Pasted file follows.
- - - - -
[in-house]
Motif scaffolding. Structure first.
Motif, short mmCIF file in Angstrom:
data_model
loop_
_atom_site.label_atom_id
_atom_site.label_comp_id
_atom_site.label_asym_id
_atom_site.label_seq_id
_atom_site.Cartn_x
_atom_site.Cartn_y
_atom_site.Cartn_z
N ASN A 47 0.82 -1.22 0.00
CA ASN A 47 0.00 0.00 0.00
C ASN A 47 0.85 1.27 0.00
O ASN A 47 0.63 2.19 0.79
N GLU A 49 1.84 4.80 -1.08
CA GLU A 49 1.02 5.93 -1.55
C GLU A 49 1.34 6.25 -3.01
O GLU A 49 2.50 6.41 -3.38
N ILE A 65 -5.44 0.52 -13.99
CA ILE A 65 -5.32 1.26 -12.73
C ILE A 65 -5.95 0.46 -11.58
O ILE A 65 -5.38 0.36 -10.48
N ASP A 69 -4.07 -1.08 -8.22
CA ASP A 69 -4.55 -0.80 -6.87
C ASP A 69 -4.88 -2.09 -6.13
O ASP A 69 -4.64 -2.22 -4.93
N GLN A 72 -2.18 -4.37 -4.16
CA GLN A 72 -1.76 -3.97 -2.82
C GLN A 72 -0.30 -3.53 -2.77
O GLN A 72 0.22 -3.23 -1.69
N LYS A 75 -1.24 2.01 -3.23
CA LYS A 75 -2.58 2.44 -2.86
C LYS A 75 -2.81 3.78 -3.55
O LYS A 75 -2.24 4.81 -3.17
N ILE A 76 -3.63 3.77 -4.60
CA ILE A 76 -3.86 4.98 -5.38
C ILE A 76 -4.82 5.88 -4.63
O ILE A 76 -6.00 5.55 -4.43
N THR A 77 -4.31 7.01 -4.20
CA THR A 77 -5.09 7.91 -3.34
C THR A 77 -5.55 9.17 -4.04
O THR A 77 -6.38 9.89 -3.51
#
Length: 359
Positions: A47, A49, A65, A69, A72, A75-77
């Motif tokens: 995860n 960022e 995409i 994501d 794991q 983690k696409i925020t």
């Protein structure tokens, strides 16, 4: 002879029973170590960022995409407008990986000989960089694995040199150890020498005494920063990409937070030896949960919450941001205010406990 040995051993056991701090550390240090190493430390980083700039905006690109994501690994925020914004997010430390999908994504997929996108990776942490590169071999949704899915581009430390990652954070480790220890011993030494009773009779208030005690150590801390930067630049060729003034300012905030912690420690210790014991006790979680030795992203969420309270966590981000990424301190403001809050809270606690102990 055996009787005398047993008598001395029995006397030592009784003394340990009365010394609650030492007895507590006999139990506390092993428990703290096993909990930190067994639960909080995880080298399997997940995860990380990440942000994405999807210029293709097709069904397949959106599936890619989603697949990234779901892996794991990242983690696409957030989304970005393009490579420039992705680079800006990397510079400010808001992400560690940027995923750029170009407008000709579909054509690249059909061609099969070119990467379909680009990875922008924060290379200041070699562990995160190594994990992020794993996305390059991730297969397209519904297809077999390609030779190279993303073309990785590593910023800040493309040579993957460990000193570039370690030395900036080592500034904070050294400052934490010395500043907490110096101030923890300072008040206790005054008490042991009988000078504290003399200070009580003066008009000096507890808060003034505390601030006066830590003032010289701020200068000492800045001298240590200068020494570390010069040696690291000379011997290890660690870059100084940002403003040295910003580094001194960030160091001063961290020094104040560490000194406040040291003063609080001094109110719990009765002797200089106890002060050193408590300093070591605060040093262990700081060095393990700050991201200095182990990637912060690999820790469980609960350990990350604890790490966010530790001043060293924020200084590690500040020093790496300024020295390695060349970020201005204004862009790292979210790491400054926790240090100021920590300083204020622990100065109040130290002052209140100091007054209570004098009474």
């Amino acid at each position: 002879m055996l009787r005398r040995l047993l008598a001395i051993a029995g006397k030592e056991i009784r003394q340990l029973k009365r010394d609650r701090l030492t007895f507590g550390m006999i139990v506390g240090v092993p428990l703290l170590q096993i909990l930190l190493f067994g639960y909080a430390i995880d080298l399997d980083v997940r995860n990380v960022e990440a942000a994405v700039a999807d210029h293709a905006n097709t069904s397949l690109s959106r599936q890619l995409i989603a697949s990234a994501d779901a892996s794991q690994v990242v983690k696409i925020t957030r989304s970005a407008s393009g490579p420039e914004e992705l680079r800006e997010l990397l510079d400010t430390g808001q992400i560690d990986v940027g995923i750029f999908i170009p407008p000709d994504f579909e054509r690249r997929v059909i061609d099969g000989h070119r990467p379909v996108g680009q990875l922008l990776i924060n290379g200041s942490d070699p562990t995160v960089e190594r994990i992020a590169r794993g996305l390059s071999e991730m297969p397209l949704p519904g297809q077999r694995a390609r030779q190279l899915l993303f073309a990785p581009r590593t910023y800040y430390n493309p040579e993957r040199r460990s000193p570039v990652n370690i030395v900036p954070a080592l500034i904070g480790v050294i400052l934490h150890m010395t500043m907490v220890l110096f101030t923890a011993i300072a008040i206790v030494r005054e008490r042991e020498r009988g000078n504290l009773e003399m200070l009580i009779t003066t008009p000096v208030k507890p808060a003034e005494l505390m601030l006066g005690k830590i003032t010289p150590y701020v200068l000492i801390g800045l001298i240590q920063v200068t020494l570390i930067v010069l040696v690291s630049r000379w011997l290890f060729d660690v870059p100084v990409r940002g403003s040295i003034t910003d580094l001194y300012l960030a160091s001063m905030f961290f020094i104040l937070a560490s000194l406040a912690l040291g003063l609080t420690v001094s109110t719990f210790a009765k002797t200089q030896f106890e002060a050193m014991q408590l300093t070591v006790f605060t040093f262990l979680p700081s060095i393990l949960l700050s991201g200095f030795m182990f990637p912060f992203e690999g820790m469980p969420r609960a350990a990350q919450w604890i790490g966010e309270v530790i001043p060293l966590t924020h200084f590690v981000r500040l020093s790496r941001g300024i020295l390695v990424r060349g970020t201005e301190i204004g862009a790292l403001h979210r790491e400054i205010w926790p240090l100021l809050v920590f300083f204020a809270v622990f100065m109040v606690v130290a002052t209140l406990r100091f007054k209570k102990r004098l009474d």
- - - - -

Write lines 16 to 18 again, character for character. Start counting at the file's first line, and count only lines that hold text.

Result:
O ASN A 47 0.63 2.19 0.79
N GLU A 49 1.84 4.80 -1.08
CA GLU A 49 1.02 5.93 -1.55